Banteay Kdei - Filip Šubrt Photo

“Landscape photography is the supreme test of the photographer - and often the supreme disappointment."

Ansel Adams .


Angkor

Phnom Penh

Banteay Kdei

Banteay Kdei "A Citadel of Chambers", also known as "Citadel of Monks' cells", is a Buddhist temple in Angkor. It is located southeast of Ta Prohm and east of Angkor Thom.

Built in the mid-12th to early 13th centuries AD during the reign of Jayavarman VII, it is in the Bayon architectural style, similar in plan to Ta Prohm and Preah Khan, but less complex and smaller. Its structures are contained within two successive enclosure walls, and consist of two concentric galleries from which emerge towers, preceded to the east by a cloister. This Buddhist monastic complex is currently dilapidated due to faulty construction and poor quality of sandstone used in its buildings,and is now undergoing renovation. Banteay Kdei had been occupied by monks at various intervals over the centuries until the 1960s.

The temple is built on the ground level use as a Buddhist monastery. The elements of the original design of Banteay Kdei seem to have been a Central Sanctuary, a surrounding gallery and a passageway connected to another gallery. A moat enclosed the original features of the temple. Another enclosure and two libraries were among the additions in the Bayon period. The outer enclosure (700 by 500 meters) is made of laterite and has four entry towers.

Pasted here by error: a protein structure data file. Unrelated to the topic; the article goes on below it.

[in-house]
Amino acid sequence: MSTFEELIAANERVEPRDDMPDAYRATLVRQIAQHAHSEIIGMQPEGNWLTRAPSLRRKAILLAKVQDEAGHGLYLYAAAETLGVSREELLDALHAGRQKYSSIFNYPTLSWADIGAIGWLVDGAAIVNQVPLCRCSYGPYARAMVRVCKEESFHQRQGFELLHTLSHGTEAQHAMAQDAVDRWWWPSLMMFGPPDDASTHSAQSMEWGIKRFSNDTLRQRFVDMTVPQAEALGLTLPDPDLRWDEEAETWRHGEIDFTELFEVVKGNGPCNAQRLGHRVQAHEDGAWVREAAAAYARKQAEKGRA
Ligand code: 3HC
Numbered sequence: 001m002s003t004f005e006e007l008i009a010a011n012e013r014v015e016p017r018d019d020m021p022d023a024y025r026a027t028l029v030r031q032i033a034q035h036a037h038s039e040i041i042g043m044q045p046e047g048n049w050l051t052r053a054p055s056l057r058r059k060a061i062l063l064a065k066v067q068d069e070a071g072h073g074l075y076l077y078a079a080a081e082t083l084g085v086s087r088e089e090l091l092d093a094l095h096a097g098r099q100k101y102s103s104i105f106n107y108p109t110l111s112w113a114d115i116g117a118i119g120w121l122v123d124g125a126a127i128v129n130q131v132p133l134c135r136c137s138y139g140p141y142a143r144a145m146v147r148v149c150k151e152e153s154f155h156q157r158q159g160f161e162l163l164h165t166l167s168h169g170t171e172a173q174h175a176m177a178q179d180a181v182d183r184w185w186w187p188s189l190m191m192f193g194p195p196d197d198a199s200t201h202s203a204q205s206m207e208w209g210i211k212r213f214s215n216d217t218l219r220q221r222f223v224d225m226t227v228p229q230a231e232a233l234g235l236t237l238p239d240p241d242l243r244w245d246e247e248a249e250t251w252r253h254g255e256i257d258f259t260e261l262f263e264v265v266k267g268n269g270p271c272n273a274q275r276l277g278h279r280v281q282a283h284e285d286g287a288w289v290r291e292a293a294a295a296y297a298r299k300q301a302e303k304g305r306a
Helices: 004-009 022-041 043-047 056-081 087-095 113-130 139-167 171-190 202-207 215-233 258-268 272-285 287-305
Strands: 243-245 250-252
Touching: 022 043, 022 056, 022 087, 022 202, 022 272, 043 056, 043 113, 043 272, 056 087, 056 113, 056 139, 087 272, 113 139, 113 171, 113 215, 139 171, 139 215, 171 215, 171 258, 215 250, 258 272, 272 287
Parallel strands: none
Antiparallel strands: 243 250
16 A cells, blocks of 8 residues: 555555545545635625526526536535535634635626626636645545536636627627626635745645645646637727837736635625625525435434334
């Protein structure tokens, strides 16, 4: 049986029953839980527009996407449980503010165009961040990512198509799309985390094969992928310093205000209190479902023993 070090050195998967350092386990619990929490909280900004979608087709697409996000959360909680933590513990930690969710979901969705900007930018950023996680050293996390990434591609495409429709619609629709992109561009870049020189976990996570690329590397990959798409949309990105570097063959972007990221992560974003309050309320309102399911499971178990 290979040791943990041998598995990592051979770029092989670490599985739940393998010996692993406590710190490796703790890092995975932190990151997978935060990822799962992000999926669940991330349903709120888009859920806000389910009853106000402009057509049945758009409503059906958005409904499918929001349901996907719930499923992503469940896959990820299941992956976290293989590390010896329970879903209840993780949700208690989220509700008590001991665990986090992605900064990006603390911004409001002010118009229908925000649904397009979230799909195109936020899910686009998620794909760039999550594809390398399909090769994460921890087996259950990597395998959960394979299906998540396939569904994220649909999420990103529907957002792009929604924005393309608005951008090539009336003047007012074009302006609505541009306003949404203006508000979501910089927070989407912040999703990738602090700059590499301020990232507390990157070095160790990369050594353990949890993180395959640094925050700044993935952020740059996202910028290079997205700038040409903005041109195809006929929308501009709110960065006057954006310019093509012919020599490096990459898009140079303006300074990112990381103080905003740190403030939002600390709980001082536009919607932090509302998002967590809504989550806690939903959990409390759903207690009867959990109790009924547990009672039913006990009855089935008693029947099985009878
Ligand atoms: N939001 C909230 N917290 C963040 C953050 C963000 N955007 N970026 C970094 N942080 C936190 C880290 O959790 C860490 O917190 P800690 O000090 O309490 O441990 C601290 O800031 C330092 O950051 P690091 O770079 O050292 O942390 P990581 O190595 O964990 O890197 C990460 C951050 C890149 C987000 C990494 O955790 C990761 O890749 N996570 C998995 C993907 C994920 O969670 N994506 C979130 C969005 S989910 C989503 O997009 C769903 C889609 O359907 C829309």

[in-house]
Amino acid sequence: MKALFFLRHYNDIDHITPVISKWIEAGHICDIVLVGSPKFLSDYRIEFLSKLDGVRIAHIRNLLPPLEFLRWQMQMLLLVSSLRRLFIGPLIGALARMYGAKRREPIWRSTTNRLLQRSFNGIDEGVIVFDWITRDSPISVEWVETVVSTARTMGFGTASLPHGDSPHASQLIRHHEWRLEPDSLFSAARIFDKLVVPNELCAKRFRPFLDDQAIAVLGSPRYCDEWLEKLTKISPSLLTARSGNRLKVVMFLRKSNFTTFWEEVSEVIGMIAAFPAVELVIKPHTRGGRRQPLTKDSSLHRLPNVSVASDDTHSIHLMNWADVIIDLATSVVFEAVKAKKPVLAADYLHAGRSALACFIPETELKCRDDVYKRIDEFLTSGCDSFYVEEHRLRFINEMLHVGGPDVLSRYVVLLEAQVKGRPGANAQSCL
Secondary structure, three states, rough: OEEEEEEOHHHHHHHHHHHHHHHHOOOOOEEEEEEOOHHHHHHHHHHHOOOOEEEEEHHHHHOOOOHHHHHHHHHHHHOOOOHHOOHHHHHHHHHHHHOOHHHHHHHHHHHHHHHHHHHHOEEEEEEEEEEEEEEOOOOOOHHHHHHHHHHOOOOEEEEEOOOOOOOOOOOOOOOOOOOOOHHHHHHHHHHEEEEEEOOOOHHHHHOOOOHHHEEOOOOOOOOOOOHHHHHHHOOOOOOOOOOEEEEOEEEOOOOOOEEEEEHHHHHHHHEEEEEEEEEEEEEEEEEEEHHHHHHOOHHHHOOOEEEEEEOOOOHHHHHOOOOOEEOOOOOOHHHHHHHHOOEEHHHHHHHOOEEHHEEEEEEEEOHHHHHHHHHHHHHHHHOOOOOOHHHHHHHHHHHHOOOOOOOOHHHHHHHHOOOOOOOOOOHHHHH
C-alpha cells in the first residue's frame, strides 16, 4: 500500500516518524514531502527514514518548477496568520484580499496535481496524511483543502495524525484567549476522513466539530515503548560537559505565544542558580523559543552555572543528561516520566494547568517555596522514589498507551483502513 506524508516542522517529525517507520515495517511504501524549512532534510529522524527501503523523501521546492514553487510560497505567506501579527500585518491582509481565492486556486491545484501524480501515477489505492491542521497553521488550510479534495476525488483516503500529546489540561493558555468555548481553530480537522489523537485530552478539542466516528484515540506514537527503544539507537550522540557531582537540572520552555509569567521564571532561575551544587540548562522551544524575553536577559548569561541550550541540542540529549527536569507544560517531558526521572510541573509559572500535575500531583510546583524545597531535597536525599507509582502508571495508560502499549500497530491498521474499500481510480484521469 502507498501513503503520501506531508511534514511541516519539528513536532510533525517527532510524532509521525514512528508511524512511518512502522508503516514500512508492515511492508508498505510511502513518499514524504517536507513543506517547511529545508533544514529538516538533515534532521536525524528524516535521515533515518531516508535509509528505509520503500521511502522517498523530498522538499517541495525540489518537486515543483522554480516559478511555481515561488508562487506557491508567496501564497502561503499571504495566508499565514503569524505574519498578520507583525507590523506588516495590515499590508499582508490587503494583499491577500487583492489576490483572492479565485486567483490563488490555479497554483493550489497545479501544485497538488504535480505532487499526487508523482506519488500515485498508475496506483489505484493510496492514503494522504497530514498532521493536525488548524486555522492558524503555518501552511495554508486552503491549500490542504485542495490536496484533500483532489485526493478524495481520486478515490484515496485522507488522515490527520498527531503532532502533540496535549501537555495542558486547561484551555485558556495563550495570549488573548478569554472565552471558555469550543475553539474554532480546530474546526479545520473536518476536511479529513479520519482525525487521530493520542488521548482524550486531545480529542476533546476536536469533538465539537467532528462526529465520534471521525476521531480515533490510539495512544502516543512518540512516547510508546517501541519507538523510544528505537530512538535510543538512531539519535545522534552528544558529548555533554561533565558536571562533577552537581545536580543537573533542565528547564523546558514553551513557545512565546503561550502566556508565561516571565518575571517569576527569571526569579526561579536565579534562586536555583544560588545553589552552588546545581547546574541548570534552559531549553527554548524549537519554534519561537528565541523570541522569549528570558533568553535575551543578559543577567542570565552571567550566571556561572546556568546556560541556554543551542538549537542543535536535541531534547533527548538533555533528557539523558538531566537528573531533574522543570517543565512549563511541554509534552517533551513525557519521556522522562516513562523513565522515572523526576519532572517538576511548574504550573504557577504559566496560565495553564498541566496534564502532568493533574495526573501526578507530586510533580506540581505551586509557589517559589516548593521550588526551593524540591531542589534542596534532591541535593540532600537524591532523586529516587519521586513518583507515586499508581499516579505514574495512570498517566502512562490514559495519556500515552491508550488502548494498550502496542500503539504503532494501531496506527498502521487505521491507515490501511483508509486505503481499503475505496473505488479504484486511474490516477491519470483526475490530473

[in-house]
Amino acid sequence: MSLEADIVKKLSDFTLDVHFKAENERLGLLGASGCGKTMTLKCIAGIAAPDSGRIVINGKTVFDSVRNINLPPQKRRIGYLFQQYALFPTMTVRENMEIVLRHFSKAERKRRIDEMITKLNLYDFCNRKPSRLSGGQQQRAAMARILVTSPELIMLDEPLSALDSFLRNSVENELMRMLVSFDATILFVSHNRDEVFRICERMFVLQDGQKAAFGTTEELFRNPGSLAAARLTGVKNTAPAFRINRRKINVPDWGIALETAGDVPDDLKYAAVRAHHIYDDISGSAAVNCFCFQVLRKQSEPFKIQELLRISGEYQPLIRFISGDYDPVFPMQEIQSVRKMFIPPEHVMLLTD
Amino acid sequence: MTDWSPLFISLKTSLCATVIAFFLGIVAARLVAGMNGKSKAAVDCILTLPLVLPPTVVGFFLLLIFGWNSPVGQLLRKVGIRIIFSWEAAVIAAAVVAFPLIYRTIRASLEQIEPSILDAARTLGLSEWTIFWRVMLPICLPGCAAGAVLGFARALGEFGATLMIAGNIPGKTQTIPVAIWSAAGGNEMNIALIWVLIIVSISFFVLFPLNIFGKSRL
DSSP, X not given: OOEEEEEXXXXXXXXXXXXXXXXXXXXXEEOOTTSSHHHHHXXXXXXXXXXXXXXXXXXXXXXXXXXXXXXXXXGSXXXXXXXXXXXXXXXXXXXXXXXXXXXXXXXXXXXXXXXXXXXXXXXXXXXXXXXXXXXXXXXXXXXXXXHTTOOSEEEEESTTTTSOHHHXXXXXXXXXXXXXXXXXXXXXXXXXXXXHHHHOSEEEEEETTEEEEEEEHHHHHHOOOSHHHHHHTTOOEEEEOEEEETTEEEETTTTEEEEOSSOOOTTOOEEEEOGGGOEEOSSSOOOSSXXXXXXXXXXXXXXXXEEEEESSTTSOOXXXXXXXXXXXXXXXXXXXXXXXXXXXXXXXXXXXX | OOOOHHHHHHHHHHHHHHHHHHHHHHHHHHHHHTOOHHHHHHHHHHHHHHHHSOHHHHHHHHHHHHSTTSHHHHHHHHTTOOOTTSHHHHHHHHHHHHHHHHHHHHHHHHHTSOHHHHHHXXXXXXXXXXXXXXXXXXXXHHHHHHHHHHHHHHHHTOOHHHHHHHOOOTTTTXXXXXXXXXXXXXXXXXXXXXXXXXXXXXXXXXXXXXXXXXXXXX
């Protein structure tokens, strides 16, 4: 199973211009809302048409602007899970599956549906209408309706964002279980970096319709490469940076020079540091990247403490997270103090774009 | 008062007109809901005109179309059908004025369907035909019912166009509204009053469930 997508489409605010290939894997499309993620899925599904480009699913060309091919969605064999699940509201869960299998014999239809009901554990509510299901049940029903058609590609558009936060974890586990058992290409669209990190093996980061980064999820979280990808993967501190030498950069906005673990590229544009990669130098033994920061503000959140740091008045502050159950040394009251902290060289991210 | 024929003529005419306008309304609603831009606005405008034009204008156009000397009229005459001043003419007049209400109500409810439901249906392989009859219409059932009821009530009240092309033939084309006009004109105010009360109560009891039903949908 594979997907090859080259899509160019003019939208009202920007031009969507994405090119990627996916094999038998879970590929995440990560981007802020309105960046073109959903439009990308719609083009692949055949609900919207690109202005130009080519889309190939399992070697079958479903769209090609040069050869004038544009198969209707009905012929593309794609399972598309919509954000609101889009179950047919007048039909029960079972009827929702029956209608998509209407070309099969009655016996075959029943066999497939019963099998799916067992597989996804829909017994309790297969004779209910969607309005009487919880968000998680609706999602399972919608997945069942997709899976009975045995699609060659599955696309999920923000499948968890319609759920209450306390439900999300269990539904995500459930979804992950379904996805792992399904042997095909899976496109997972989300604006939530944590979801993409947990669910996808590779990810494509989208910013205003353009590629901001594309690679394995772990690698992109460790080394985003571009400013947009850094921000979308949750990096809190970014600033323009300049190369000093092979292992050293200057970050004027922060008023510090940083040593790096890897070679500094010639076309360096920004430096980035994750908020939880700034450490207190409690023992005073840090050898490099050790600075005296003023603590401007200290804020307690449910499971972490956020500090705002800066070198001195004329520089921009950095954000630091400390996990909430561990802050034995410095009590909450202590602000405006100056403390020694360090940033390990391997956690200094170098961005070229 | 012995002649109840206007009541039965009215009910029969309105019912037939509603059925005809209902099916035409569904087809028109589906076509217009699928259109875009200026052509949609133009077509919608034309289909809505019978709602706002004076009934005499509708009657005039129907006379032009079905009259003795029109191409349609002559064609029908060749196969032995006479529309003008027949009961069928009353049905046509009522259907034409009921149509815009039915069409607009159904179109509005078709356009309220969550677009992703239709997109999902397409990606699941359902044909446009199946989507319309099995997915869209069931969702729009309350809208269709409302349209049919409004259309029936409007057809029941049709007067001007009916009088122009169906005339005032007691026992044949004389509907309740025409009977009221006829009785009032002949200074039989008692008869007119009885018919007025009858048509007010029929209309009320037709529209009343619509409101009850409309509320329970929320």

A rectangular courtyard to the east is known as 'the hall of the dancing girls', a name derived from the decoration which includes dancers The entry tower of the second enclosure  is in the shape of a cross with three passages; the two on either end are connected to the literate wall of the enclosure  320 by 200 scrolls of figures and large female divinities in niches. In the interior court there is a frieze of Buddha.